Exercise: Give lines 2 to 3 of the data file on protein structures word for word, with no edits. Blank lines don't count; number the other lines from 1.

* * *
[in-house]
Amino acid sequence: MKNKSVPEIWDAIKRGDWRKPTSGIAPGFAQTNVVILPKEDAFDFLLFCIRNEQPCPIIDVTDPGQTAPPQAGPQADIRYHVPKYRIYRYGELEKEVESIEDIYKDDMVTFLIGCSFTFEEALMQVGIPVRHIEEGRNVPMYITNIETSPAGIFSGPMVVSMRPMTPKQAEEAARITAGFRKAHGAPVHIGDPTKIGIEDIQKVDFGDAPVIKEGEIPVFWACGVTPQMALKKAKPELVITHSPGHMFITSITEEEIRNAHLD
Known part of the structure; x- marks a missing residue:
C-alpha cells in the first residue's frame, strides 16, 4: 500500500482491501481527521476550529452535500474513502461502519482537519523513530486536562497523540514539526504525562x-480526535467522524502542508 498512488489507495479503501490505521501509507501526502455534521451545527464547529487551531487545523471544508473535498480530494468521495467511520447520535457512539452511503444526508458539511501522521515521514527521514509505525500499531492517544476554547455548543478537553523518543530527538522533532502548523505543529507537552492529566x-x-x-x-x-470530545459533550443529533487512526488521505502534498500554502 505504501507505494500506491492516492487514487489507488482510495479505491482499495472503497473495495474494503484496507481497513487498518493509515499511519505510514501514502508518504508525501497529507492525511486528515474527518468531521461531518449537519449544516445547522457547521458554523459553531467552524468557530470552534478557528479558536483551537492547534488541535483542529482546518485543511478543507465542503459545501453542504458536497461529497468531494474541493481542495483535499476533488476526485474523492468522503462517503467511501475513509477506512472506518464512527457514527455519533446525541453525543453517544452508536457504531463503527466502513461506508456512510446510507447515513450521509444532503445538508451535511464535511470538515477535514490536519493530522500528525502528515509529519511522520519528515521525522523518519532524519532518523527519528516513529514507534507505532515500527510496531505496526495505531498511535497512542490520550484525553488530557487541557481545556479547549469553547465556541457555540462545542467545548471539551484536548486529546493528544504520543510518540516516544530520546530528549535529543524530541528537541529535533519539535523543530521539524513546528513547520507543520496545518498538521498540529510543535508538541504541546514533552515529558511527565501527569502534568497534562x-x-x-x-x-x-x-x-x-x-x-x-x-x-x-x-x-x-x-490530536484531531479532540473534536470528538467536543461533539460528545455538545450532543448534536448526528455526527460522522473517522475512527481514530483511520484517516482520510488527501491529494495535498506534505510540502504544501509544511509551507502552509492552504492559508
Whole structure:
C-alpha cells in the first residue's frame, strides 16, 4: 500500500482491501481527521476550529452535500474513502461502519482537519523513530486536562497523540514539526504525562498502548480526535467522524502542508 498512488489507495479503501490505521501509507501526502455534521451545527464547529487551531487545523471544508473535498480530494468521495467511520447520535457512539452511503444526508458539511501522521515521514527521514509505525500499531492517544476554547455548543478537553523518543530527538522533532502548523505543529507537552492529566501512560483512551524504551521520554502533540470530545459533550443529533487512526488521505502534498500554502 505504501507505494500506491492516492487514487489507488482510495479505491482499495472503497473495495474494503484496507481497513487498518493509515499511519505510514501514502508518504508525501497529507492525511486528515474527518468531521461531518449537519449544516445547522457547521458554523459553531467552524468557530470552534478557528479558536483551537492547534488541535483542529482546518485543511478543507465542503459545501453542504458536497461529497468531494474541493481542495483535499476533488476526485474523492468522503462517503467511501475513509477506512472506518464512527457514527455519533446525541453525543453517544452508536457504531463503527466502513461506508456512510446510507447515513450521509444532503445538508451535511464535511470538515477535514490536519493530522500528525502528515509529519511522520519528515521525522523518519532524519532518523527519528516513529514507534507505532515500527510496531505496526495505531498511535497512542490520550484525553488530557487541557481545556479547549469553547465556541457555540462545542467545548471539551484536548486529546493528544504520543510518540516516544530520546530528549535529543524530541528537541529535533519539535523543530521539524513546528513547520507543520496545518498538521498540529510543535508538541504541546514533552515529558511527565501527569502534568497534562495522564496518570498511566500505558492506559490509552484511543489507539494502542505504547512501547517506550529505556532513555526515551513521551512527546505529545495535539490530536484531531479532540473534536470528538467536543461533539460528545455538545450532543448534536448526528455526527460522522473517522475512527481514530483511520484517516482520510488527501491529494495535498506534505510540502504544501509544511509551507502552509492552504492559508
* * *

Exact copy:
Amino acid sequence: MKNKSVPEIWDAIKRGDWRKPTSGIAPGFAQTNVVILPKEDAFDFLLFCIRNEQPCPIIDVTDPGQTAPPQAGPQADIRYHVPKYRIYRYGELEKEVESIEDIYKDDMVTFLIGCSFTFEEALMQVGIPVRHIEEGRNVPMYITNIETSPAGIFSGPMVVSMRPMTPKQAEEAARITAGFRKAHGAPVHIGDPTKIGIEDIQKVDFGDAPVIKEGEIPVFWACGVTPQMALKKAKPELVITHSPGHMFITSITEEEIRNAHLD
Known part of the structure; x- marks a missing residue: